You can guess how this goes every day. Not go well 99% of the time. In all honesty, when he’s in this state, rewards and consequences do not register for him. I find that the only thing I can do is to maintain control of me. The more combatant he becomes, the more calm I must be. At the thought of work, he is instantly defensive and in a fight or flight mode. I have to get him to do some deep breathing, possibly give him some bear hugs (the sensory input calms him), and be patient. For the most part, when I can stay calm and in control, he eventually does his work.

Of course there days when I lose it? That’s when the 3 R’s of Recovery (from Positive Discipline teachings) come into play.

The 3 R’s:

1) Recognize the mistake with a feeling of responsibility instead of blame.

2) Reconcile by apologizing. Children are so forgiving.

3) Resolve the problem by working together on a respectful solution.

When I’m really on the ball and I feel I’m about to lose it, I tell my son that I am very frustrated and need a time out to cool off. I go to my bedroom and read for about 10 minutes.

For me, having that time of distraction allows my adrenaline to drop, so I can be calm and in control and try it again. For the times that I do lose it and yell at my son, I take a minute or two, get calmed down, and then apologize. I tell him that I shouldn’t have yelled, but I was really frustrated and tired and didn’t take a time out when I should have. He appreciates my being candid with him and apologizing, and is quick to get beyond the blow-up; especially when he is treated with respect and honesty.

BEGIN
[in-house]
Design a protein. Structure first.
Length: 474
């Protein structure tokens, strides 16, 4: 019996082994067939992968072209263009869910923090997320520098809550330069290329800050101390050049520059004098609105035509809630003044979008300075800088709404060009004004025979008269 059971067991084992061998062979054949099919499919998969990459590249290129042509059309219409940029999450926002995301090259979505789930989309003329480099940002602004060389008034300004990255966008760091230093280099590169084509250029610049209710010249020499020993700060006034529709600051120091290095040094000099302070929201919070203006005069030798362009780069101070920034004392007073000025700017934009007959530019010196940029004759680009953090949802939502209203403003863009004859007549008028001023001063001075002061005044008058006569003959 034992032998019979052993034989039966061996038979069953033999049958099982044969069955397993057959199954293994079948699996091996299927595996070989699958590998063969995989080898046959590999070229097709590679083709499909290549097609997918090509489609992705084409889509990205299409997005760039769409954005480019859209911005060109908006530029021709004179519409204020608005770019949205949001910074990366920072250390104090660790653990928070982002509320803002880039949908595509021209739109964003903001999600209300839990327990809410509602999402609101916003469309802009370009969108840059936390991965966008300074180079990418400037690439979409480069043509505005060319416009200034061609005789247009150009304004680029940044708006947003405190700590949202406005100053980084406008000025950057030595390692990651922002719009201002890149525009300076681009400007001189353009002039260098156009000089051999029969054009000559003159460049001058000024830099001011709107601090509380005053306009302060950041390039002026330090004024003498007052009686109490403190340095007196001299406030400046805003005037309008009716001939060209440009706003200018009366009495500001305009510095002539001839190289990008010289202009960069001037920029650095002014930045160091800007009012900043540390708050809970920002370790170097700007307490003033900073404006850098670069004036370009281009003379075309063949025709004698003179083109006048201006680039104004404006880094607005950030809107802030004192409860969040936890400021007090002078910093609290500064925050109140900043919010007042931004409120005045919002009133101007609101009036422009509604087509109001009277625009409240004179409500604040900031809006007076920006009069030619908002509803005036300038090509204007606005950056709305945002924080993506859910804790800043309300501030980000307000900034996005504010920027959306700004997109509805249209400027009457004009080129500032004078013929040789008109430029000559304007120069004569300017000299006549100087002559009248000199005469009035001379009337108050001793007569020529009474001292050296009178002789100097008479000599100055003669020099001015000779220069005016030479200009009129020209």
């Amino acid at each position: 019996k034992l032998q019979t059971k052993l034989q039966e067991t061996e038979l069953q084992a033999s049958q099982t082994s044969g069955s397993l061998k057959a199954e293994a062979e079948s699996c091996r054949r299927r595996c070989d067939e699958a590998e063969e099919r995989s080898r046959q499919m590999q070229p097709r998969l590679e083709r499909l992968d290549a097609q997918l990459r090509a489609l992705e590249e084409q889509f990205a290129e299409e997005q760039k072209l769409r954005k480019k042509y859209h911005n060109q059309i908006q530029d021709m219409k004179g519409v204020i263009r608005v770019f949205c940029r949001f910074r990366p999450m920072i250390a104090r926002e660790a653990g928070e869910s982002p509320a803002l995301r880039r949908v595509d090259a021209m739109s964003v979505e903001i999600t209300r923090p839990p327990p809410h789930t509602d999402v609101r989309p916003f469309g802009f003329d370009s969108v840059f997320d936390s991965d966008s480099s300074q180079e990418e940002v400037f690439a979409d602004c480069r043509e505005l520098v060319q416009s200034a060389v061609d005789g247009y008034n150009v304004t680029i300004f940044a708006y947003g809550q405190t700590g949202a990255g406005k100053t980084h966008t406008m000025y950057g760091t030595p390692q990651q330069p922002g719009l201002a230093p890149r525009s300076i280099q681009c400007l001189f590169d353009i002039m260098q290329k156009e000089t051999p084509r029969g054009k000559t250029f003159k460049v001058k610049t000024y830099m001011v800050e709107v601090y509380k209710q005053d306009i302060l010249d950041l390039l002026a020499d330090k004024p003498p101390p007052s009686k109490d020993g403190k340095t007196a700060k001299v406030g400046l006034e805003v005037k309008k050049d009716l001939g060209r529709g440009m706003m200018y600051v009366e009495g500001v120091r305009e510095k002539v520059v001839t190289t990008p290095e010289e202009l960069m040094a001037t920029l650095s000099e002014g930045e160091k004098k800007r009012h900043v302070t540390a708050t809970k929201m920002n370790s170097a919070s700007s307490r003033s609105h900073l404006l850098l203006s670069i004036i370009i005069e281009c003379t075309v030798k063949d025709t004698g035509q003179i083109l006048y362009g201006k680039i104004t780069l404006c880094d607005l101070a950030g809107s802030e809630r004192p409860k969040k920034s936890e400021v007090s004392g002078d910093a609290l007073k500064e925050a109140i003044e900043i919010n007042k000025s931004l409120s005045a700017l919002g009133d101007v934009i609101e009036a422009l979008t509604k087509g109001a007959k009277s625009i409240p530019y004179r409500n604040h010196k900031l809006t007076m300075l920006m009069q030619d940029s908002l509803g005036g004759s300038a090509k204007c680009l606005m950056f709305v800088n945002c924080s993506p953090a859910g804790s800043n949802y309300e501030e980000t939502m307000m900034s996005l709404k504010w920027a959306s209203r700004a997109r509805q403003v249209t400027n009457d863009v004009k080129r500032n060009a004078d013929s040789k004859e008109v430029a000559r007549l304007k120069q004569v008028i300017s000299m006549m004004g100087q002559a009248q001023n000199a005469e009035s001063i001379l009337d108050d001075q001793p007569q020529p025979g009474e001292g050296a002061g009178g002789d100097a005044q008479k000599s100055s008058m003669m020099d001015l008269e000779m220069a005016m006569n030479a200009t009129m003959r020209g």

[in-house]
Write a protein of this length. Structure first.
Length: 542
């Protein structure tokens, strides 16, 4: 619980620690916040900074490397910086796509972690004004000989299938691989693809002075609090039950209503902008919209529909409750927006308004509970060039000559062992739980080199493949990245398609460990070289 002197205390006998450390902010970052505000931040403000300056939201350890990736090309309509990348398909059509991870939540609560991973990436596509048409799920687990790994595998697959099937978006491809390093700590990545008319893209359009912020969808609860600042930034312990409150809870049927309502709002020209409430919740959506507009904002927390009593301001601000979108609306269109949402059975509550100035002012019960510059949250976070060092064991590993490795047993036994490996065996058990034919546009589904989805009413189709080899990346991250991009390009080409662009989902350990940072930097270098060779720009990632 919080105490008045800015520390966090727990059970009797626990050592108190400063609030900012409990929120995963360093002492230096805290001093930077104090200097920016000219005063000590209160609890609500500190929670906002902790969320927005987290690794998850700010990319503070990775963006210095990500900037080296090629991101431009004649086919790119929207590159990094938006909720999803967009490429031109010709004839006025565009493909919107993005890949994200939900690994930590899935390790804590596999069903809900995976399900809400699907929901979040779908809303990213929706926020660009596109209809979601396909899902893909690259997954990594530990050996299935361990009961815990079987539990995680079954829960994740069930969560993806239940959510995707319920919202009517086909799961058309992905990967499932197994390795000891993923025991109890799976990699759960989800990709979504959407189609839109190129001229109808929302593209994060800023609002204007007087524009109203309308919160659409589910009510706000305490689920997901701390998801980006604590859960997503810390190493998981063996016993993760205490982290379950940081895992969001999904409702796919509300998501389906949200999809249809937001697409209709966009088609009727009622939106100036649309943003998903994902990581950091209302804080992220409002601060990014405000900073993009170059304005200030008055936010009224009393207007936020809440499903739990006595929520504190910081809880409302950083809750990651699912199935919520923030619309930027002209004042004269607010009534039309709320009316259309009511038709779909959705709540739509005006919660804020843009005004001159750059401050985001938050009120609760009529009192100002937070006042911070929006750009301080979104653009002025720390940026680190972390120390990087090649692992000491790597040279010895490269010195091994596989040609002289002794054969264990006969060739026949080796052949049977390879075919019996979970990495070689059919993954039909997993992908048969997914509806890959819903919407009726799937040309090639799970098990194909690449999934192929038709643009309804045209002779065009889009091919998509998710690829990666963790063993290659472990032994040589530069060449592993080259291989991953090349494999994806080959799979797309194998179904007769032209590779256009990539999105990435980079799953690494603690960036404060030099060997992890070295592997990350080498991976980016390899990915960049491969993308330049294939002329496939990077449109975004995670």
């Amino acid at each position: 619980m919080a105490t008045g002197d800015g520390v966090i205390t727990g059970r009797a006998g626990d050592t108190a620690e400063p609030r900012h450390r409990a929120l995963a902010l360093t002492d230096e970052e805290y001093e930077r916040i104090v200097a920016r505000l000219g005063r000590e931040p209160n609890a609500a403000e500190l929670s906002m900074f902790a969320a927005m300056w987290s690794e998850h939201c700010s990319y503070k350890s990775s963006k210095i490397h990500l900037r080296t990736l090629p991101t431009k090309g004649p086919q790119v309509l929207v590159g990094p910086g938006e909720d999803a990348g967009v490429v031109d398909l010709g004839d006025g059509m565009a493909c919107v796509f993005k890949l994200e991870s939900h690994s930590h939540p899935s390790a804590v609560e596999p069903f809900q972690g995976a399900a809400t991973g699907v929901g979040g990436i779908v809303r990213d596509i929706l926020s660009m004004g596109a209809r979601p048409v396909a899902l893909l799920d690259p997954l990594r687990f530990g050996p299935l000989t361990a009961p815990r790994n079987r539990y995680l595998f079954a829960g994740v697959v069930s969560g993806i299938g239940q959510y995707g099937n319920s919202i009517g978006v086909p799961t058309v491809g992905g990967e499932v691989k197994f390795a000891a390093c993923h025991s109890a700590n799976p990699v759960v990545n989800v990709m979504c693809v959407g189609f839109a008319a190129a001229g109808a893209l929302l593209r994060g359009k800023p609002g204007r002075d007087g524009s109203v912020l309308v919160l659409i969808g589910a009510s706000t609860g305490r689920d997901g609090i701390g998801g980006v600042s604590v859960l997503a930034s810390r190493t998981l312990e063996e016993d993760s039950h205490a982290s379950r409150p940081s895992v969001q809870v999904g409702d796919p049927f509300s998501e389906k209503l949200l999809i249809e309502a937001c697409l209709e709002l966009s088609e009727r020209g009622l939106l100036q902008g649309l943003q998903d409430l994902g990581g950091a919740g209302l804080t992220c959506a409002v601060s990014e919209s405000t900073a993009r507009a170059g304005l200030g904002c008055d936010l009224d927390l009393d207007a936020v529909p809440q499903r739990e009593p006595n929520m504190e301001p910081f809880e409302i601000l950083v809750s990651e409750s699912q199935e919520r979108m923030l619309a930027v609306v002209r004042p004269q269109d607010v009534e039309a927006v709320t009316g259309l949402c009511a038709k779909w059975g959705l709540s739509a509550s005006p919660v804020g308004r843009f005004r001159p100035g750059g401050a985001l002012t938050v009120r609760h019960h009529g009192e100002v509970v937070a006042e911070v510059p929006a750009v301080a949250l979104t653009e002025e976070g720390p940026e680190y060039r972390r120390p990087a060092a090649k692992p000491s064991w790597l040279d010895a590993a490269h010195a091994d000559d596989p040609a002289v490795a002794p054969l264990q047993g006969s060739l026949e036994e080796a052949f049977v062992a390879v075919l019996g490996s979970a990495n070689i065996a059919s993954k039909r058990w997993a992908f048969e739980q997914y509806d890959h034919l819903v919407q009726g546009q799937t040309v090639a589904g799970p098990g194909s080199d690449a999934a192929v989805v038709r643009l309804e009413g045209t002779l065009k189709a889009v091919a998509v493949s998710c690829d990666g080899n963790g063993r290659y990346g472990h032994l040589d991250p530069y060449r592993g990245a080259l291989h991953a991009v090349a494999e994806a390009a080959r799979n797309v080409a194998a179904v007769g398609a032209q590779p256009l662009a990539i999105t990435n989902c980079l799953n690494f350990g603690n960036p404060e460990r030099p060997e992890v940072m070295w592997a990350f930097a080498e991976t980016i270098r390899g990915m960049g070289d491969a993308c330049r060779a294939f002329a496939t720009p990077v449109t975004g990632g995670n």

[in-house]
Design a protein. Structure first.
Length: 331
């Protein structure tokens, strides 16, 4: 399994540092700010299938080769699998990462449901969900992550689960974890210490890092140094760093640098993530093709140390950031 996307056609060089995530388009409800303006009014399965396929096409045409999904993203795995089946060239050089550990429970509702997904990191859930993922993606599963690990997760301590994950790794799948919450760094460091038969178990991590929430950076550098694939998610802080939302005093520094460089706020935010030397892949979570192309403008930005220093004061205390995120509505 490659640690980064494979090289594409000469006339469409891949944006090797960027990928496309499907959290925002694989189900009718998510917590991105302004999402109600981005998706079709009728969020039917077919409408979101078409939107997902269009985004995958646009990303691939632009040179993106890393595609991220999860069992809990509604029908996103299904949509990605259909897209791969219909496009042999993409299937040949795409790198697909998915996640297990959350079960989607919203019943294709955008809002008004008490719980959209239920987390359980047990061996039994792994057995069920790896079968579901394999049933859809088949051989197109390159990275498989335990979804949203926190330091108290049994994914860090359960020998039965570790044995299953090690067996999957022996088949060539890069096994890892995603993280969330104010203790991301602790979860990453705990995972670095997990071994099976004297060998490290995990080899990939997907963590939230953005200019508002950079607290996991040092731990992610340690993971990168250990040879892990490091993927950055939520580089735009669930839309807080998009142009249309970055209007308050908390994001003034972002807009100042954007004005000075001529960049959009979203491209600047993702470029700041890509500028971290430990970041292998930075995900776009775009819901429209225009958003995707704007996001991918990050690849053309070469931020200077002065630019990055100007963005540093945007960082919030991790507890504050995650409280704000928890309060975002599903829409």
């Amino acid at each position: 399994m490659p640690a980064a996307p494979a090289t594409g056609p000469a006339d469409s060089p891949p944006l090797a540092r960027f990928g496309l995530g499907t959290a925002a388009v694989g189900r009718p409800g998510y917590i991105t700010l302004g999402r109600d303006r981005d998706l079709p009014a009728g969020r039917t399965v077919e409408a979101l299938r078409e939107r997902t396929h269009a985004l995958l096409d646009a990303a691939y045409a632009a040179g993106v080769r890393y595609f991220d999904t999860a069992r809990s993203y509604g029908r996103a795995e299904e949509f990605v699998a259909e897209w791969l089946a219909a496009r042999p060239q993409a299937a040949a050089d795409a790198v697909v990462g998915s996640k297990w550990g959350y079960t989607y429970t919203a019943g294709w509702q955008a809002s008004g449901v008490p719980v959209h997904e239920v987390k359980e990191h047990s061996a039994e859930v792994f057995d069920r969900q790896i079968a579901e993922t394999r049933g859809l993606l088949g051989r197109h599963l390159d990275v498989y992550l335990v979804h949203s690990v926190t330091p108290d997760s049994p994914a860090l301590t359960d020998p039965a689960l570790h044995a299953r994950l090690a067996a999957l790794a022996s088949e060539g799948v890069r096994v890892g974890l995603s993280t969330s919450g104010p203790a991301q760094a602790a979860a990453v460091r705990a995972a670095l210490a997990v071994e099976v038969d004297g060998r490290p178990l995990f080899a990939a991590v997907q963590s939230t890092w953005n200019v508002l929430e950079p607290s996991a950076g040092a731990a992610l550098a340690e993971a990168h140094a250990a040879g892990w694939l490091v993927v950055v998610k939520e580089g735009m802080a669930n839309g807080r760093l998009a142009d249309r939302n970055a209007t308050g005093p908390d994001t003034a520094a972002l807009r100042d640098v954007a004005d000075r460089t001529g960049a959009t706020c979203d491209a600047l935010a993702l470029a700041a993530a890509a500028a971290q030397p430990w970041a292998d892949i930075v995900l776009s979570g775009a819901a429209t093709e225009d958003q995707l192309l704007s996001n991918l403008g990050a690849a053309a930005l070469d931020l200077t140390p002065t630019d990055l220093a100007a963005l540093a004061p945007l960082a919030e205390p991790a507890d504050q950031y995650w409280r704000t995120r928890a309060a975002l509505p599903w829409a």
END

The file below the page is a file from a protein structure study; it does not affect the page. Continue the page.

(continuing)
Speaking of respect, during times that my son has an especially difficult meltdown, and starts to become violent, I don’t allow him to destroy things or to hit me or himself. That is not being respectful of our home, me or himself, and I tell him so. I tell him that if he needs to get out physical aggression, he can go outside and run around the house three times. At his age, so far, this has worked.

Ever since my son was a young toddler, I have always tried to treat him with the respect and honesty I want in return. I believe that respect is earned and is never fear-based. I look forward to the young man he’s going to be in a few short years, thanks, in part, to skills I learned with Positive Discipline.